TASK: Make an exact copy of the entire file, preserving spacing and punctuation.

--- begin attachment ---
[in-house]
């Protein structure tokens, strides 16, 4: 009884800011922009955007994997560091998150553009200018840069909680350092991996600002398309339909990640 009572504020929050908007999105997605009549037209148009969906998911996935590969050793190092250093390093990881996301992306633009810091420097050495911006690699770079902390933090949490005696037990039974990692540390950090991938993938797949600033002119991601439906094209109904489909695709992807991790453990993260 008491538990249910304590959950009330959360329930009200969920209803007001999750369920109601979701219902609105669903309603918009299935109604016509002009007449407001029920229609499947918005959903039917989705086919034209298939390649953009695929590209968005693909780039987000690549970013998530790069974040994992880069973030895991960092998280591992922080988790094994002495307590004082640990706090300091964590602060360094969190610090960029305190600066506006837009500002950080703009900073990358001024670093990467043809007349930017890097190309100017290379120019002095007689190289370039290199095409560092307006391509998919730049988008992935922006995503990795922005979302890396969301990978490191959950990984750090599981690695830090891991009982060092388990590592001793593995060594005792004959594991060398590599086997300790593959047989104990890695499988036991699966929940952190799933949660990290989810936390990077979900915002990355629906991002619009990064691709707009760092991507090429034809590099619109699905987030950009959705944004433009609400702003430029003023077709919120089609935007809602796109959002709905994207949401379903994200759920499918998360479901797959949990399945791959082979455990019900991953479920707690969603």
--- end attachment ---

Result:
[in-house]
């Protein structure tokens, strides 16, 4: 009884800011922009955007994997560091998150553009200018840069909680350092991996600002398309339909990640 009572504020929050908007999105997605009549037209148009969906998911996935590969050793190092250093390093990881996301992306633009810091420097050495911006690699770079902390933090949490005696037990039974990692540390950090991938993938797949600033002119991601439906094209109904489909695709992807991790453990993260 008491538990249910304590959950009330959360329930009200969920209803007001999750369920109601979701219902609105669903309603918009299935109604016509002009007449407001029920229609499947918005959903039917989705086919034209298939390649953009695929590209968005693909780039987000690549970013998530790069974040994992880069973030895991960092998280591992922080988790094994002495307590004082640990706090300091964590602060360094969190610090960029305190600066506006837009500002950080703009900073990358001024670093990467043809007349930017890097190309100017290379120019002095007689190289370039290199095409560092307006391509998919730049988008992935922006995503990795922005979302890396969301990978490191959950990984750090599981690695830090891991009982060092388990590592001793593995060594005792004959594991060398590599086997300790593959047989104990890695499988036991699966929940952190799933949660990290989810936390990077979900915002990355629906991002619009990064691709707009760092991507090429034809590099619109699905987030950009959705944004433009609400702003430029003023077709919120089609935007809602796109959002709905994207949401379903994200759920499918998360479901797959949990399945791959082979455990019900991953479920707690969603």